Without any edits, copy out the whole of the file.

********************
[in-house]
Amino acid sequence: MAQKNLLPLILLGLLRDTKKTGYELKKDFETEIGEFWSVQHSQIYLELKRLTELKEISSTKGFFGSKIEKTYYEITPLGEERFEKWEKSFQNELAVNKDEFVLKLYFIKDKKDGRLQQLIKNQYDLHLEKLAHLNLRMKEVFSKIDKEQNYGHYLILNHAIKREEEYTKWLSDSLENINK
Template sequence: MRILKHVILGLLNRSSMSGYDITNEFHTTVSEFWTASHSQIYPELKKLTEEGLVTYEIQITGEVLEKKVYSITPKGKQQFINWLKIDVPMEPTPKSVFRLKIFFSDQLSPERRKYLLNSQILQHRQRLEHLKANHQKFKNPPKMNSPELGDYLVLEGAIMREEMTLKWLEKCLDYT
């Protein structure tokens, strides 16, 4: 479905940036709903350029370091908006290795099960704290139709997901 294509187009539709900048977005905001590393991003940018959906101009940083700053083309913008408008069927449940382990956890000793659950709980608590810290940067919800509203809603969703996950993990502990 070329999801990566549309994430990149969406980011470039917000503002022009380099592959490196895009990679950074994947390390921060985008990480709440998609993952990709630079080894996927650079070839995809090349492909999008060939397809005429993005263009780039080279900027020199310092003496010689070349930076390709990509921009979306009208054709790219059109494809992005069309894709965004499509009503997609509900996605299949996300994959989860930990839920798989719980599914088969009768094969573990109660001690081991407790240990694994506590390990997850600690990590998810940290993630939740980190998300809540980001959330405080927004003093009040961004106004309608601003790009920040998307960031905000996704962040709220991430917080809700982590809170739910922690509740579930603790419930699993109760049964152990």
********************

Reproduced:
[in-house]
Amino acid sequence: MAQKNLLPLILLGLLRDTKKTGYELKKDFETEIGEFWSVQHSQIYLELKRLTELKEISSTKGFFGSKIEKTYYEITPLGEERFEKWEKSFQNELAVNKDEFVLKLYFIKDKKDGRLQQLIKNQYDLHLEKLAHLNLRMKEVFSKIDKEQNYGHYLILNHAIKREEEYTKWLSDSLENINK
Template sequence: MRILKHVILGLLNRSSMSGYDITNEFHTTVSEFWTASHSQIYPELKKLTEEGLVTYEIQITGEVLEKKVYSITPKGKQQFINWLKIDVPMEPTPKSVFRLKIFFSDQLSPERRKYLLNSQILQHRQRLEHLKANHQKFKNPPKMNSPELGDYLVLEGAIMREEMTLKWLEKCLDYT
């Protein structure tokens, strides 16, 4: 479905940036709903350029370091908006290795099960704290139709997901 294509187009539709900048977005905001590393991003940018959906101009940083700053083309913008408008069927449940382990956890000793659950709980608590810290940067919800509203809603969703996950993990502990 070329999801990566549309994430990149969406980011470039917000503002022009380099592959490196895009990679950074994947390390921060985008990480709440998609993952990709630079080894996927650079070839995809090349492909999008060939397809005429993005263009780039080279900027020199310092003496010689070349930076390709990509921009979306009208054709790219059109494809992005069309894709965004499509009503997609509900996605299949996300994959989860930990839920798989719980599914088969009768094969573990109660001690081991407790240990694994506590390990997850600690990590998810940290993630939740980190998300809540980001959330405080927004003093009040961004106004309608601003790009920040998307960031905000996704962040709220991430917080809700982590809170739910922690509740579930603790419930699993109760049964152990």